33 J.L. Pol'y & Globalization 1 (2015)

handle is hein.journals/jawpglob33 and id is 1 raw text is: 


Journal of Law, Policy and Globalization                                                       www~iiste.oig
ISSN 2224-3240 (Paper) ISSN 2224-3259 (Online)
Vol.33, 2015                                                                                         IISTE


             Cyberterrorism: A Comparative Legal Perspective

                          Mu'azu Abdullahi Saulawa*   Junaidu Bello Marshal 2
           1. Faculty of Law, Umaru Musa Yar'adua University, P.M.B. 2218. Katsina State, Nigeria
           2. Faculty of Law, Usmanu Danfodiyo University, P. M. B 2486. Sokoto State, Nigeria
                                  * Email- muazu.abdullahis 4)gmail.com

Abstract
The paper focuses on cyberterrorism and a comparative legal perspective with a view to examine the
cyberterrorism as a concept as well as its definition. The revolution of development of Information and
Communication Technology (ICT) has changed society to be a point where advances in programming computer
and intelligence software operates in a higher processing capacity. The uses of desktop or laptops computers are
leading the society to a time where or when cyber used to perpetrate various act of offences. The paper analyses
legal perspective that introduced the Cybercrime Convention in Europe in relation to cyber terrorism and the
opening to other Member States, while Economic Community for West African States (ECOWAS) issues a
Directive to Member States to adopt enabling laws so as to combat the practices of cybercrime in relation to
cyber terrorism. The paper argues that Nigerian Cybercrime Act 2013 is an established law that addresses the
endemic practice of cybercrime and provides for cyber terrorism. Further, the paper examines the Nigerian
financial regulators like the Central Bank of Nigeria (CBN), the Economic Financial Crimes Commission (EFCC)
and other Units mandated to curb the money laundering and combating the financing terrorism and other
financial institutions related crimes. The paper relies on primary and secondary sources of data and the analysis
is descriptive in nature. The paper will proffer recommendations and conclusions for effective measures for
proper implementation and enforcement.
Keywords: Cyberterrorism, definition of cyberterrorism, Relevance of cyberterrorism in cyberspace,
Comparative Legal Perspective

1.      Introduction
The paper focuses on cyberterrorism and a comparative legal perspective. The number of threats posed by
cyberterrorism has completely and overwhelmingly attracts global attention. The security of environment and the
ICT industry are not safe, the variety use of sophisticated cyber terrorist electronically equipment's hacking into
computers that control dams, air traffic control system, endangering the lives of millions and the nation's security.
Yet despite all predictions of cyber-global acceptance no single example of real cyber terrorism has been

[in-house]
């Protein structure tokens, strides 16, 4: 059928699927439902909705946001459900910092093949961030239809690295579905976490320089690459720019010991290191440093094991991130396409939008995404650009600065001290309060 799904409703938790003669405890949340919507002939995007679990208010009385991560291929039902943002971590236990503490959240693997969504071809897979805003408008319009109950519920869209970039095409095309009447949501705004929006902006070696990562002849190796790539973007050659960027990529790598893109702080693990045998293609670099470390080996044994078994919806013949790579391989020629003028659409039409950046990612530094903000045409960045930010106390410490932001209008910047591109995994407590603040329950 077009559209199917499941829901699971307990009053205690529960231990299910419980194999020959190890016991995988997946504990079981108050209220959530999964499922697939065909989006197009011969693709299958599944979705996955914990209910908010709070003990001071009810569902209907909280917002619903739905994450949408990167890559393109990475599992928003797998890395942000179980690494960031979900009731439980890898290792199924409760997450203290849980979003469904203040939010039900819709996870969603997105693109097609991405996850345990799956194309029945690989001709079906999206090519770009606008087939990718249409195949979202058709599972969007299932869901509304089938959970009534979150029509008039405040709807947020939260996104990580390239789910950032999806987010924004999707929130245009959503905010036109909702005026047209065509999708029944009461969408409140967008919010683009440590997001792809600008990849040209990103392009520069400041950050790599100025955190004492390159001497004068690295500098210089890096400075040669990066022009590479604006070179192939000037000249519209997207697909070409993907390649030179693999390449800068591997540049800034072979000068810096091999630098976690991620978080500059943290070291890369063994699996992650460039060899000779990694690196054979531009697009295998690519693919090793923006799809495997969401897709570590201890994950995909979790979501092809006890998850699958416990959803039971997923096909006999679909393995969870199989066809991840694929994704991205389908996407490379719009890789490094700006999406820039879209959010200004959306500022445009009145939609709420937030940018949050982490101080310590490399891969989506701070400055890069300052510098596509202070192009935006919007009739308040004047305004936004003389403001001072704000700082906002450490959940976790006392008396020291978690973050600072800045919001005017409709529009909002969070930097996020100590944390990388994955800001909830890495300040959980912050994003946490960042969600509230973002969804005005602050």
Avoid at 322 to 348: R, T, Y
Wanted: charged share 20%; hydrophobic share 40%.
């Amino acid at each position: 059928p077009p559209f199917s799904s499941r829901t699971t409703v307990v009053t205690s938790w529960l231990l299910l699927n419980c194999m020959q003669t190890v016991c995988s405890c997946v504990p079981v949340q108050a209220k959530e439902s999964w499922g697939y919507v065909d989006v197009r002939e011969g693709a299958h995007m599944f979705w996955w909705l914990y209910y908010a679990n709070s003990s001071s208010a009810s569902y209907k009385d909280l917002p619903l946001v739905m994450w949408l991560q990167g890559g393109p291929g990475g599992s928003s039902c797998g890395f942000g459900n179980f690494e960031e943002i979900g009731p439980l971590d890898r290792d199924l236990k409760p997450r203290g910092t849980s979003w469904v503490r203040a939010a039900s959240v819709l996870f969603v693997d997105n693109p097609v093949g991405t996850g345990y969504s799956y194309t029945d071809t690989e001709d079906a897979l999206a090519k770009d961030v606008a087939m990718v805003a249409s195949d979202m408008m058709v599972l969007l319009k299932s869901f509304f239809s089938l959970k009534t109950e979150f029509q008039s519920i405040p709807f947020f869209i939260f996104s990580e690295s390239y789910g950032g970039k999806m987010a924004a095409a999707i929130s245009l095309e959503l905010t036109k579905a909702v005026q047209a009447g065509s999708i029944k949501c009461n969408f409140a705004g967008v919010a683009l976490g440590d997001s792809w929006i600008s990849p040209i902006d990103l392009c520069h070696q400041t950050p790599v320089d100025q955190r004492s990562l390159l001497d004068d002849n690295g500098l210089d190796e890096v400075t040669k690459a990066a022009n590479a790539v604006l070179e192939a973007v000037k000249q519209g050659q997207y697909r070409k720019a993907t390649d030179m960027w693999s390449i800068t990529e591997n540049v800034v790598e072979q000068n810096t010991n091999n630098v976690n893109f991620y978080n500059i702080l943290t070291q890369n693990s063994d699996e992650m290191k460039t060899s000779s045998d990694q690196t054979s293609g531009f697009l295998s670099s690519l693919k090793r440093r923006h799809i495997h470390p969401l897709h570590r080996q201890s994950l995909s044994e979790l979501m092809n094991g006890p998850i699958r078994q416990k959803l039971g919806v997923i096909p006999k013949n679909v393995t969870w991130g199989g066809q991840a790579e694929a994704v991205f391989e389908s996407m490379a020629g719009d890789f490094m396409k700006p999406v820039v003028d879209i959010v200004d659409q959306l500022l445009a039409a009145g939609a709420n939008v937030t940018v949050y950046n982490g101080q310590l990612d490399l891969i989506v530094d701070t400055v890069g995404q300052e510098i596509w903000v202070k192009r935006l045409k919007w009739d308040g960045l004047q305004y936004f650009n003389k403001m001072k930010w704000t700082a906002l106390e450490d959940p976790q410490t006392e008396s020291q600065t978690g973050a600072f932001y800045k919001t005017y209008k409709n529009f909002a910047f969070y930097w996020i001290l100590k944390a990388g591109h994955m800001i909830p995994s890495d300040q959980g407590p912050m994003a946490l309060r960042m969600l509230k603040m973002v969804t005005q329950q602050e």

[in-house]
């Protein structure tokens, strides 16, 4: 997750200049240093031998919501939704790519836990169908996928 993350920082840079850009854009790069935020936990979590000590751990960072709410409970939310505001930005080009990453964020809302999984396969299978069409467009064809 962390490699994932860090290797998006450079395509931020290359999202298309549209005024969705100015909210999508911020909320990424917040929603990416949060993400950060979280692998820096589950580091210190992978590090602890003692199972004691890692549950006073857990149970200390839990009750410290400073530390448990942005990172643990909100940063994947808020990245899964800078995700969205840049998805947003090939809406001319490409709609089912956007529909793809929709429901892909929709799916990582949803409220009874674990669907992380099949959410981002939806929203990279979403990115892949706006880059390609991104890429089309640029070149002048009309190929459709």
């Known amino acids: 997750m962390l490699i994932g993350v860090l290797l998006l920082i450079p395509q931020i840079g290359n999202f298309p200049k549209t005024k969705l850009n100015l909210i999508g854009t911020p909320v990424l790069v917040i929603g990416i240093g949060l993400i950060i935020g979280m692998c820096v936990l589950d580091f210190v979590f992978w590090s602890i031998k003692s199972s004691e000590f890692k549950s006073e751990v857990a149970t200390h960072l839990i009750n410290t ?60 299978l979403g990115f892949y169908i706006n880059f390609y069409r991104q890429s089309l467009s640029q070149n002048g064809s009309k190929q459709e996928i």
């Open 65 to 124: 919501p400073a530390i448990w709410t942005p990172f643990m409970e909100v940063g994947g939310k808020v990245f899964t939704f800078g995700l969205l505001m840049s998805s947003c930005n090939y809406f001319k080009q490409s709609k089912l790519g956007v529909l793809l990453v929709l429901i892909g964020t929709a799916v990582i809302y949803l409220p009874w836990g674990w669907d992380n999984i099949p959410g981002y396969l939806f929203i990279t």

recorded. 1
         The cyberterrorism threat is real, with the constant used of infrastructures and most of such in western
countries is networked through computers; the potential cyberterrorism is, to be sure very alarming. Nothing can
be further from the truth, hackers, although not motivated by the same objective that inspires terrorist that have
demonstrated individuals can gain access to sensitive information and to execute an operation which is crucial.
Terrorists, at least in theory could thus follow the hackers' lead and broke into government or private computers
cripple, damage or at least disable financial sector, military and economies. 2
         The growing dependence of societies today on ICT has open a window form of vulnerability, giving
terrorists the opportunity to approach targets that would otherwise be utterly assailable such as national defence
system and air traffic control system. The more technologically developed country is, the more vulnerable it
becomes to cyber-attacks against its infrastructures. 3

2       Definition of Cyberterrorism
In defining cyberterrorism, a number of contributions have been used, according to Federal Bureau of
Intelligence (FBI):
                 ... terrorism includes the unlawful use of force and violence against persons or property to
                 intimidate or coerce a government, the civilian population, or any segment thereof, in
                 furtherance of political or social objectives.
Cyberterrorism is further defined as the:
                 the premeditated, politically motivated attack against information, computer systems,
                 computer programs, and data which result in violence against noncombatant targets by

1 Gabriel Woimann, Cyberterrorism How Real is the Threat? , United States Institute of Peace, Special Report 119,
December 2004, at p. 2.
2  Ibid.
3  Ibid.
4 Code of Federal Regulations, 28 C.F.R.Section 0.85 (July 2001): 51.

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